Released in 2004, the late Philip Roth’s novel The Plot Against America imagines an alternate history where aviator-hero and xenophobic populist Charles Lindbergh became president in 1940 and turned the United States toward fascism. The book instantly left The Wire creator David Simon intrigued, but he didn’t feel it was “relevant to our time,” so he initially turned down HBO’s request to adapt the material as a miniseries. “It was right after Obama had been reelected and I said, ‘I don’t see it,’” he recalls. “Then, [with] what’s happened politically in the last few years — not only in America, but throughout the West — in terms of this dissonance, almost fact-based political realities and demagoguery in the rise of the angry nationalists and populists, the very guts of what Roth was writing about suddenly seemed conceivable.”
Premiering March 16, the six-episode HBO miniseries, which EW has the exclusive first look from, shows a “dry run of American fascism” through the eyes of a working-class Jewish family in New Jersey, which includes father Herman (Homeland’s Morgan Spector) mother-homemaker Bess (The Deuce’s Zoe Kazan), and her unmarried older sister Evelyn (Stranger Things’ Winona Ryder), with the latter becoming romantically involved with a key — and surprising — Lindbergh supporter, Rabbi Lionel Bengelsdorf (The Night Of’s John Turturro).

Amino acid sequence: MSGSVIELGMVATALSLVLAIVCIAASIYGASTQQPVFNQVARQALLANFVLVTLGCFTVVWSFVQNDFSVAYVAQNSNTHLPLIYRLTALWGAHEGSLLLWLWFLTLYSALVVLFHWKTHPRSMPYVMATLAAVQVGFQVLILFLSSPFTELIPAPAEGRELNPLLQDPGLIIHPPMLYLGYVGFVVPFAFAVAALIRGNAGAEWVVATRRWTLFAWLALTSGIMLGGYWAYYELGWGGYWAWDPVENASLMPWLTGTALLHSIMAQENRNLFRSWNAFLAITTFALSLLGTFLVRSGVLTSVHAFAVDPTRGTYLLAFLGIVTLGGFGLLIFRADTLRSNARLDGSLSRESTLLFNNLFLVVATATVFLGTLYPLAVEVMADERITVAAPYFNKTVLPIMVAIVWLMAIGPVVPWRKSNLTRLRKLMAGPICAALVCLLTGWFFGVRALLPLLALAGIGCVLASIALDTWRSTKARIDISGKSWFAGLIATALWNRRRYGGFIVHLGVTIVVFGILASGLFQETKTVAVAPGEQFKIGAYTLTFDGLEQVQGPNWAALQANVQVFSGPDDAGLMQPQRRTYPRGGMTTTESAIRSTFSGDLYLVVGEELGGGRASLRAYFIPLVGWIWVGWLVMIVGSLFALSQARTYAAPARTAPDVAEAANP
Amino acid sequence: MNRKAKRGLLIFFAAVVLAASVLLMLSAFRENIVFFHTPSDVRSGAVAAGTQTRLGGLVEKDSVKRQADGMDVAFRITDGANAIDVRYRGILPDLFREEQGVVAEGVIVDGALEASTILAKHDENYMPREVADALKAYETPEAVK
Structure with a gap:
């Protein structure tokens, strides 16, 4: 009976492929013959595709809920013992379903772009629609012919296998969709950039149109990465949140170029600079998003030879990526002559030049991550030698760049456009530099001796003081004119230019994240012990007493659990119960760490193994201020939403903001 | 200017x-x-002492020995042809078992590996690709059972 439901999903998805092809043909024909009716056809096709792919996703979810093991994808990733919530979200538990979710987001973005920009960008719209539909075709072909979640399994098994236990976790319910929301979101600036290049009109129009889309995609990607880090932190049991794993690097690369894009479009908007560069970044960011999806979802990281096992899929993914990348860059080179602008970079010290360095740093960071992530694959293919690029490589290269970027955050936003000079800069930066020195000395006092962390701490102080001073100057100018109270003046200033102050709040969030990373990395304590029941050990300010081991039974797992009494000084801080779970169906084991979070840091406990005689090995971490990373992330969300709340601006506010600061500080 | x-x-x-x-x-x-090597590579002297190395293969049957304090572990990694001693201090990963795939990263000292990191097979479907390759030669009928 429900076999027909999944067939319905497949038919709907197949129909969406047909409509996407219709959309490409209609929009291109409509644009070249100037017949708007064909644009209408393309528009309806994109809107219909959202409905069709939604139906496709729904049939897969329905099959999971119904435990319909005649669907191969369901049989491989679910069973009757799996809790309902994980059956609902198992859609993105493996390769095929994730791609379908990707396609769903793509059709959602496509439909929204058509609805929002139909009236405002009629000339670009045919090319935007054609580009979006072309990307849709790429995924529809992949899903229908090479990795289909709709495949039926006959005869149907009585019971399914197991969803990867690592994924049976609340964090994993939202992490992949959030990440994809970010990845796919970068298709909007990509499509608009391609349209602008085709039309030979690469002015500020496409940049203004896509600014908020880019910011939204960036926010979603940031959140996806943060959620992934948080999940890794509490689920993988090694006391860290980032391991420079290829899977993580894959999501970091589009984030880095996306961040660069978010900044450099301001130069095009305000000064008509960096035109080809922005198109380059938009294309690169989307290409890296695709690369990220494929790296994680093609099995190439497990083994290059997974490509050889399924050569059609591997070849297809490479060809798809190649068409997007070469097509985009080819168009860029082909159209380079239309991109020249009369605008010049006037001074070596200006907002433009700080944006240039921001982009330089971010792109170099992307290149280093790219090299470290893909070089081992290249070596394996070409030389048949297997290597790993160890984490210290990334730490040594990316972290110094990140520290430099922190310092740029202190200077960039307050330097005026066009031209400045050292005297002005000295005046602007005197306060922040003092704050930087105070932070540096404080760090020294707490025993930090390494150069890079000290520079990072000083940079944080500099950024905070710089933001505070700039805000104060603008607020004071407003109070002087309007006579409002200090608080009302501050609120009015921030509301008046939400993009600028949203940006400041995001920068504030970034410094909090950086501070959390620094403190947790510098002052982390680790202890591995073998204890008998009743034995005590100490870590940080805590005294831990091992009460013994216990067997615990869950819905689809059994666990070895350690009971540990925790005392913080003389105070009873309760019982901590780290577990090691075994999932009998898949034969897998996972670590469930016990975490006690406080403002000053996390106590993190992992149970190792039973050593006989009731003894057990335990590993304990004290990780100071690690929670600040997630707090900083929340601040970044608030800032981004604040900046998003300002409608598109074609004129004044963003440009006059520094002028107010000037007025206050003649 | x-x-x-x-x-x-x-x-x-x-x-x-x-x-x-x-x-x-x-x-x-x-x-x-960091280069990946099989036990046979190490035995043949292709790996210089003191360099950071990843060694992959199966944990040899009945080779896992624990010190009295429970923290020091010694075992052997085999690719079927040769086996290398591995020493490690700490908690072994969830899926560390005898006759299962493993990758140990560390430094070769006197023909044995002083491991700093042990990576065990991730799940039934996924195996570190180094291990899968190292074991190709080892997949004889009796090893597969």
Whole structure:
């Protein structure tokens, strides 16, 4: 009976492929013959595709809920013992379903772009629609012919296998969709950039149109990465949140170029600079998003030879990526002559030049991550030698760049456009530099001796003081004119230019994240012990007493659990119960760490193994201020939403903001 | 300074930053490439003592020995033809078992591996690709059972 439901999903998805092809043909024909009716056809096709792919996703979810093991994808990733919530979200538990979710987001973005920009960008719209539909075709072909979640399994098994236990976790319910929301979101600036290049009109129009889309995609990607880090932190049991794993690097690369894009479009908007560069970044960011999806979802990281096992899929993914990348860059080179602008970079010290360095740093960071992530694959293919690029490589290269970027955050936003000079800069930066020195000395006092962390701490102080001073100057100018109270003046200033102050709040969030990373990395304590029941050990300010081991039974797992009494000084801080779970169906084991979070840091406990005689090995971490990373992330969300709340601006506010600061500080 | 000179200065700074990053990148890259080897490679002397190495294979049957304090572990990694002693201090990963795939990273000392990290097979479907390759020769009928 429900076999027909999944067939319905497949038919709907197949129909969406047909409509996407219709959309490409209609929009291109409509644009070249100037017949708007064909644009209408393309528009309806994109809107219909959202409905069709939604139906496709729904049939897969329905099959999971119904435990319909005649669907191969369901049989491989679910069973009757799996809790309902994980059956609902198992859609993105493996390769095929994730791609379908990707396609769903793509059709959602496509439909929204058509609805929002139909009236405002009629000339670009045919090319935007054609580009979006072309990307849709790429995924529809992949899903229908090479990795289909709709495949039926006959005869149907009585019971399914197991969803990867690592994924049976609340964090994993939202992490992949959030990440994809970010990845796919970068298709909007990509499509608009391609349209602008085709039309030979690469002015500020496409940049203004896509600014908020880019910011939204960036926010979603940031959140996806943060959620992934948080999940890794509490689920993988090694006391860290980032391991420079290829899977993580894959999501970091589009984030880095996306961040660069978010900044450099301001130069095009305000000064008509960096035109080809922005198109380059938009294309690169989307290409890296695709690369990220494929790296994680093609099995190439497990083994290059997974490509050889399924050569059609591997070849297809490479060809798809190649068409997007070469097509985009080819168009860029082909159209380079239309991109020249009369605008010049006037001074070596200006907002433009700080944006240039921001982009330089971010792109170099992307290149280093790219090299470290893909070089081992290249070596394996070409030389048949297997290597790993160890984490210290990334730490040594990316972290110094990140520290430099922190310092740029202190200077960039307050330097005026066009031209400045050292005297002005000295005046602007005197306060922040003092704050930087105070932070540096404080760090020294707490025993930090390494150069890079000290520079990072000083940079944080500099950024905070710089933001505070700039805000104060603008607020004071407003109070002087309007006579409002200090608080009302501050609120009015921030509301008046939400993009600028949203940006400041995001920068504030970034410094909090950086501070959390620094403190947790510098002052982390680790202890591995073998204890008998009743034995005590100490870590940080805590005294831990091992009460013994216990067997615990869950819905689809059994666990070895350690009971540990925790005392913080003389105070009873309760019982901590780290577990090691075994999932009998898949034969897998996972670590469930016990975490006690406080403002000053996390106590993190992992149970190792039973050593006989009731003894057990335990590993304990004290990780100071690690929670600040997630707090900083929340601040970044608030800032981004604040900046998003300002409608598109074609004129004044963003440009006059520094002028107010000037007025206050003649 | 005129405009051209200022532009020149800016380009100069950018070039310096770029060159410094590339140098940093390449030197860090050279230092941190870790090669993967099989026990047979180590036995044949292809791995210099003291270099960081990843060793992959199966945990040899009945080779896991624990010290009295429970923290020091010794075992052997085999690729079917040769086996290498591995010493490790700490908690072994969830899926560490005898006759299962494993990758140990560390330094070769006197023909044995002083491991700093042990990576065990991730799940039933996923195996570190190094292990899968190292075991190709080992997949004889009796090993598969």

“He’s a person who thinks he can negotiate both sides, which a lot of people have throughout history,” says Turturro, who years earlier was recruited by Roth for a live reading of the book. “He’s pushing to assimilate the Jewish population into more mainstream America, and [Evelyn] comes over to the side that I represent.” This brings the couple into “incredible conflict,” adds Simon, “not only in their own community, but in their own family.”
By “tapping into something very real” with the “ever-timely matter,” Turturro, a former substitute history teacher, hopes lessons can be learned from Plot. “History always repeats itself, unfortunately,” he says. “This is interesting because it’s showing you the past with connections to the present — what could have been, and what could be.”